On March 11, the World Health Organization declared COVID-19 a global pandemic and then on April 10, a close friend gave birth to a baby. The weeks leading up to the baby’s birth were full of stress, uncertainty, and questions with no easy answers. Where would she give birth? Would her partner be allowed in the room? Who would watch her toddler while they in the hospital?
After the baby was born those questions ceased, but the stress and anxiety didn’t and new questions emerged. The baby didn’t sleep at night. She needed support breastfeeding. Groceries weren’t easy to come by, her friends and family couldn’t come lend a hand, and she had a toddler with too much energy and nowhere to go. My friend, the new mom, was recovering from a stressful delivery (while wearing a mask), functioning on virtually no sleep, and unable to access her usual lines of support, which she desperately needed (in addition to the helpful partner by her side.)
My friend’s story isn’t uncommon. Babies didn’t get the memo that COVID-19 had brought the world to a screeching halt. They still demanded to be born. And new moms were faced with new challenges in that already difficult time in the weeks after birth. Isolated from support systems, navigating a world no one had a map to navigate, and doing so while virtually sleep deprived, new moms are being asked to do the impossible.
It isn’t surprising, then, that a recent study found that since the pandemic, new moms are more likely to experience anxiety and depression.
The study surveyed 900 eligible women who were either pregnant or in their first year after delivery, and identified “a substantial increase in the likelihood of maternal depression and anxiety during the COVID-19 pandemic.” Comparing pre-pandemic levels of depression and anxiety, the study found that 40.7% of women experienced depression during the pandemic as compared to 15% pre-pandemic. When it comes to anxiety, 72% of respondents experienced moderate to high anxiety during the pandemic, as opposed to 29% before the pandemic.
Scary Mommy got in touch with Lisa Tremayne, Director at the Center for Perinatal Mood and Anxiety Disorders (PMADs) at Monmouth Medical Center, and Lesley Neadel, a Social Worker at the same, to give meaning to those numbers.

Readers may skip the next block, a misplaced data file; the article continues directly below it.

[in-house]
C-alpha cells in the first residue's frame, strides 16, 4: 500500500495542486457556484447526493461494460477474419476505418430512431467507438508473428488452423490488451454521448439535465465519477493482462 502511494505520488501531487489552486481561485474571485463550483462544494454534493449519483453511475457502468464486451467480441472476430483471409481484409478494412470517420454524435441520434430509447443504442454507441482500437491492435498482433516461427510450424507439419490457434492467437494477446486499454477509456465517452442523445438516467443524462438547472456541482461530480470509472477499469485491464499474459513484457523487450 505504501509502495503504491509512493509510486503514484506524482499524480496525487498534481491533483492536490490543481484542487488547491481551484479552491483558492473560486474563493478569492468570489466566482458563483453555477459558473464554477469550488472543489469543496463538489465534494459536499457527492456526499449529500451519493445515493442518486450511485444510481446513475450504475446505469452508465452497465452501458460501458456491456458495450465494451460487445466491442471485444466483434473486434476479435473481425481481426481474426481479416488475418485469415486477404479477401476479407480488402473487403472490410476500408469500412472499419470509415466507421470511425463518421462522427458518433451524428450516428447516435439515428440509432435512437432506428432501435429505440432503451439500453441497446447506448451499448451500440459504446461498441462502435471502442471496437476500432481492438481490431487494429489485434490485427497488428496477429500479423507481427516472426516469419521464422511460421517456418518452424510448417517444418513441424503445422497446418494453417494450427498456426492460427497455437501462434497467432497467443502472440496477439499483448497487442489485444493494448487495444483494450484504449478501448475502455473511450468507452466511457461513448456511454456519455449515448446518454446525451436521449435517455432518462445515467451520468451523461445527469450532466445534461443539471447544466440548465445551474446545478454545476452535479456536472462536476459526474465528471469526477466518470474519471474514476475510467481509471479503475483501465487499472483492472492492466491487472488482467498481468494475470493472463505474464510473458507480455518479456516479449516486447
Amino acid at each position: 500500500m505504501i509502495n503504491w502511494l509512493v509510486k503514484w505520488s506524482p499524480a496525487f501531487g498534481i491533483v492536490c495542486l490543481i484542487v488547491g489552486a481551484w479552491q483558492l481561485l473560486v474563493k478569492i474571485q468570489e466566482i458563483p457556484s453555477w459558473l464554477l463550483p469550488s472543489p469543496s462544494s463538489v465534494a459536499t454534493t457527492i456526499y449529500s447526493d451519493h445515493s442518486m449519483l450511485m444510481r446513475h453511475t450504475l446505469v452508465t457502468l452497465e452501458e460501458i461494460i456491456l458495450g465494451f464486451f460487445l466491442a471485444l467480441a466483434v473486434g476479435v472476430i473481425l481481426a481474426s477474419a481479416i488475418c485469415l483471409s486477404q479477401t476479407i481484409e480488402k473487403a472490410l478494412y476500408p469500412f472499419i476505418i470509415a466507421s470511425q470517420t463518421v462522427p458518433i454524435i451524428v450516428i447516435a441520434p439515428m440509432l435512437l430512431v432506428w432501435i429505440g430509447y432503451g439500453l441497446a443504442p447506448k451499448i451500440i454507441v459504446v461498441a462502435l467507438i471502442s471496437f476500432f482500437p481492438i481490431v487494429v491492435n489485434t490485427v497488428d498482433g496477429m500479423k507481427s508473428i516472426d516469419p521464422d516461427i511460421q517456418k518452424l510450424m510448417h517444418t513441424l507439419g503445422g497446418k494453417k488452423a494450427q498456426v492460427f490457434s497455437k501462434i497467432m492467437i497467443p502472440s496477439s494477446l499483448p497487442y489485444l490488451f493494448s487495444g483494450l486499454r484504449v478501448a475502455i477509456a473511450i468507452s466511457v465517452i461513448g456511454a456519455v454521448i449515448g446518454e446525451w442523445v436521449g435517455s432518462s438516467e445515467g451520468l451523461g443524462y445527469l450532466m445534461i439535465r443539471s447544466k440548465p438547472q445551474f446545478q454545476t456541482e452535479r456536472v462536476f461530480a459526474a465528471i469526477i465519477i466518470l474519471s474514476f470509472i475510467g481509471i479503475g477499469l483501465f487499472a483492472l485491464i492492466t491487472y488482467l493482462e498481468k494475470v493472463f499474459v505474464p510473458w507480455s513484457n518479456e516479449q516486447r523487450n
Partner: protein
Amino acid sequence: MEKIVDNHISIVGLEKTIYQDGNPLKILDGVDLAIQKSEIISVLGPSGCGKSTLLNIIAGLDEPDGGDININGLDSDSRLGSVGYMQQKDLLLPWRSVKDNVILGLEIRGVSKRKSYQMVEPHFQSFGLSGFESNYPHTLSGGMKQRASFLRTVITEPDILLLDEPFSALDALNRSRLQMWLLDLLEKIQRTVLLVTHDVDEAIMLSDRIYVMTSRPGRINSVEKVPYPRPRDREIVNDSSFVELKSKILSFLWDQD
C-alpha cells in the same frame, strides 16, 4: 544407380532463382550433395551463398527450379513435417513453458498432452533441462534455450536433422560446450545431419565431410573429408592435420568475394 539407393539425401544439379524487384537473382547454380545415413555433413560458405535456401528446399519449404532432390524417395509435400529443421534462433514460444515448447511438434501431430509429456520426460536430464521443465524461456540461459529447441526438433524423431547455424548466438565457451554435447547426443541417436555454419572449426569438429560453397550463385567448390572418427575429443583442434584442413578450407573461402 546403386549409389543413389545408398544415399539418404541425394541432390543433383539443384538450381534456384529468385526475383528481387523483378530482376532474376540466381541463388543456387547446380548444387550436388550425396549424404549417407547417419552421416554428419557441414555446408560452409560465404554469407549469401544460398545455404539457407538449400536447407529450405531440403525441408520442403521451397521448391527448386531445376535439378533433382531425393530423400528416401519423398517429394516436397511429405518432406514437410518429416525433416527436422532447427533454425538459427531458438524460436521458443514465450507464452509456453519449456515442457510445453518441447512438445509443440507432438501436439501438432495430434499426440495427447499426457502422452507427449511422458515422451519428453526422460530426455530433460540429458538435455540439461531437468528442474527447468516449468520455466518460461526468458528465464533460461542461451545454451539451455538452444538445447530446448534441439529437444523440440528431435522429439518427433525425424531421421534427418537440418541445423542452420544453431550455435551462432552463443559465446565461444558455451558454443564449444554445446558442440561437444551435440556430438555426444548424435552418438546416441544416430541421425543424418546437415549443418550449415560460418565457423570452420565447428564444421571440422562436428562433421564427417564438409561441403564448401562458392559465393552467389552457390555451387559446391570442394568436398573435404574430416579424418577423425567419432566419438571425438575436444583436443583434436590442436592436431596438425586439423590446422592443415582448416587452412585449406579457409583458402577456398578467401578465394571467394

Tremayne noted that calls to the Center have tripled since the pandemic began, which is an observation that supports the study’s finding that anxiety and depression increased substantially.
The bigger question to understand is why. In an email, Tremayne writes, “PMADs [perinatal mood and anxiety disorders] thrive on isolation and fears, and COVID is all about isolation and fear. Pregnant and new moms are caught in an impossible web, scared to leave the safety of their homes and yet so desperately lonely, searching for connection of women in the same season.” It’s a perfect storm for new moms who are already vulnerable to mood and anxiety disorders. According to the study, “depression and anxiety affect one in seven women during the perinatal period” when there isn’t a pandemic raging outside.
The pandemic has only added to the intrusive “what if” fears playing on a constant low loop in new mother’s minds, according to Tremayne, and when those thoughts are dominating, it becomes difficult to function in daily life. In addition, “all the questions that are ‘normal’ are very intensely ramped up.” Nine out of 10 of the calls PMADs is fielding, as compared to 7 or 8 pre-pandemic, are from women who are experiencing anxiety and panic attacks that they were able to manage in pre-pandemic times.
As a result, we need to make sure new mothers’ mental health is a top priority. The study concluded that staying physically active during the pandemic “could be a helpful tool for pregnant and postpartum women,” especially if access to other places for diagnosis and treatment is difficult. The authors suggest at least 150 minutes of moderate intensity physical activity a week.
Neadel offered a more comprehensive list of suggestions for new mothers. “The most effective treatment is the combination of individual therapy, peer-to-peer support, and medication, if needed, to help with racing thoughts or overwhelming sadness.” She noted that taking time for self-care and protecting your own eating and sleep as much as possible was critical, as was finding the right support group. Many new mom support groups successfully made the switch to virtual platforms, including Jen Schwartz at Motherhood Understood, TheBloomFoundation.org, and PostpartumProgress.com.
Often identifying the symptoms or recognizing that a new mother is suffering is difficult. “[N]ew moms who are suffering may not present as you imagine depression would,” Neadel notes, and urges partner to pay attention to symptoms that match anxiety or OCD, and to open space and listen to the new mom’s feelings. “Don’t assume that because she looks fine, she is fine. If mom seems “not like herself” or is saying that to you—it’s time to call for help,” writes Neadel.
New mothers are an already vulnerable group thanks to the hormones, sleep deprivation, and chemical changes to the brain both create, notes Tremayne. The pandemic only serves to exacerbate the difficulties new moms face, as it’s forcing them to be separated from family and friends who might help and adding untold reams of uncertainty into the everyday.
It’s important to remember, however, that PMADs “is an OB complication and not a lifetime psychiatric illness,” writes Tremayne, who adds, “It is temporary and treatable, and you are not ever alone when you’re suffering.”
“Everyone who gets help, gets better,” writes Tremayne. “With PMAD-specific treatment, by trained and specialized professionals, every mama gets back to herself.”